Write What You Can, When You Can (Every Day)

 

Time is the exasperating enemy of all writers.  It’s hard to find, and when you do find it, there isn’t enough of it, and you are hardly ever in an ideal setting free of distractions or interruptions. But that’s the nature of the beast. I’ve posted about some aspects of this problem (Half a Page of Scribbled Lines), but I’d like to say a bit more.

“There is nothing to writing.   All you do is sit down at a typewriter and bleed.”

                                                   —Ernest Hemingway

The Year of the Red Door was not written “in order” from start to finish. In fact, some of the last bits were the first to be written, and I worked backwards, somewhat, to the beginning. Then from the beginning the other way to the end. And so forth. But even that description is misleading because much of my writing is like a pinball, bouncing over here, rolling over there, and striking this bumper, hitting that obstacle, going around.

It has to do with momentum and ability, not chaos.

How do I keep up the momentum?

“Skip a bit, brother.”

          —Monty Python

I cannot always write what I “need” to write. That’s a fact. That is, if I have a passage that comes next in a story, sometimes I am simply unable to write it, or I’m unsatisfied with what I have written. I might try several times to no avail. But I’ve also learned that I shouldn’t get all bent out of shape and despondent over it.  As much as I want and need to get that particular passage written, I have other passages to write.   So I skip over the troublesome one for a while.    In my manuscript, I’ll write (or type) “Passage about So and So and his horse goes here.” If I’m at home sitting comfortably in front of my computer, I’ll also list that in my “Passages that Need to Written” document. Of course, doing so leaves a big hole in the story, but since it is deliberately done for the sake of sanity, that’s okay.  It’s only temporary.   I’ll be back.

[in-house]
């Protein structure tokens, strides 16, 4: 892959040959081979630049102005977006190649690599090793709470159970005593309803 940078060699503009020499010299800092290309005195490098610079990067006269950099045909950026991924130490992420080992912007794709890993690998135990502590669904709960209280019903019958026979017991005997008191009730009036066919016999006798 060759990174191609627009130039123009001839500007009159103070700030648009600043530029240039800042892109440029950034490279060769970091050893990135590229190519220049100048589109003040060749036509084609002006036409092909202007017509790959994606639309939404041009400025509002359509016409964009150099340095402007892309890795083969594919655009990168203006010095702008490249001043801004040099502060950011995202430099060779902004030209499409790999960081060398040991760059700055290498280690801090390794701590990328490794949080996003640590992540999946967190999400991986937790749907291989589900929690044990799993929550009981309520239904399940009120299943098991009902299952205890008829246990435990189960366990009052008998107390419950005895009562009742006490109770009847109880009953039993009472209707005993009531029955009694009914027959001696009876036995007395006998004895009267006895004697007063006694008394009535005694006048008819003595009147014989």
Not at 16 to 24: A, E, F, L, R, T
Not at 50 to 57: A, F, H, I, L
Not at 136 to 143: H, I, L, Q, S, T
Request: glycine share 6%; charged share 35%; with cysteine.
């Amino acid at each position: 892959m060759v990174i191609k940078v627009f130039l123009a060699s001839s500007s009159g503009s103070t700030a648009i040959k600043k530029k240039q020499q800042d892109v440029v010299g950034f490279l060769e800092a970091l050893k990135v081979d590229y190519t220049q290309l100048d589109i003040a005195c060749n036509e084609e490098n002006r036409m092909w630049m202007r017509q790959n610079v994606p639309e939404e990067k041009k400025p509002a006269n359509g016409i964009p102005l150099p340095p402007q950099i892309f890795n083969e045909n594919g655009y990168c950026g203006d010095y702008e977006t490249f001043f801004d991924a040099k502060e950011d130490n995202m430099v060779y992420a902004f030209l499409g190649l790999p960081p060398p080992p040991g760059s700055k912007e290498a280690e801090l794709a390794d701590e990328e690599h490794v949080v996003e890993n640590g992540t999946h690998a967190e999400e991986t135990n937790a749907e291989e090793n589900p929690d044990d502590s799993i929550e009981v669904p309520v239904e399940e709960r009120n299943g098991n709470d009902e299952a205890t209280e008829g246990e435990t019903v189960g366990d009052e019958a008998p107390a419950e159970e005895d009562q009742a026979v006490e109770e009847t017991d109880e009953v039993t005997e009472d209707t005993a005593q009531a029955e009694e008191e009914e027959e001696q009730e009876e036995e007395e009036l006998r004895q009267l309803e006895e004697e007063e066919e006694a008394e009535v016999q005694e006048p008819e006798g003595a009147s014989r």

Being willing and able to come back to a bit of unfinished work is, after all, just having a good work ethic. I have to rewrite and edit, anyway, so coming back to that gap to fill it in later isn’t such a big deal. Sometimes I have to work it like dough, but sometimes it just takes a lot of hammering away, a lot of false starts, to get going on the troublesome passage. Sometimes I discover that the errant passage is not really needed at all, or it’s an unneeded tangent. Sometimes it becomes backstory. Then again, I sometimes find that some of what I put aside as a backstory is actually needed (read more here). The point is to keep moving, keep writing, and keep working.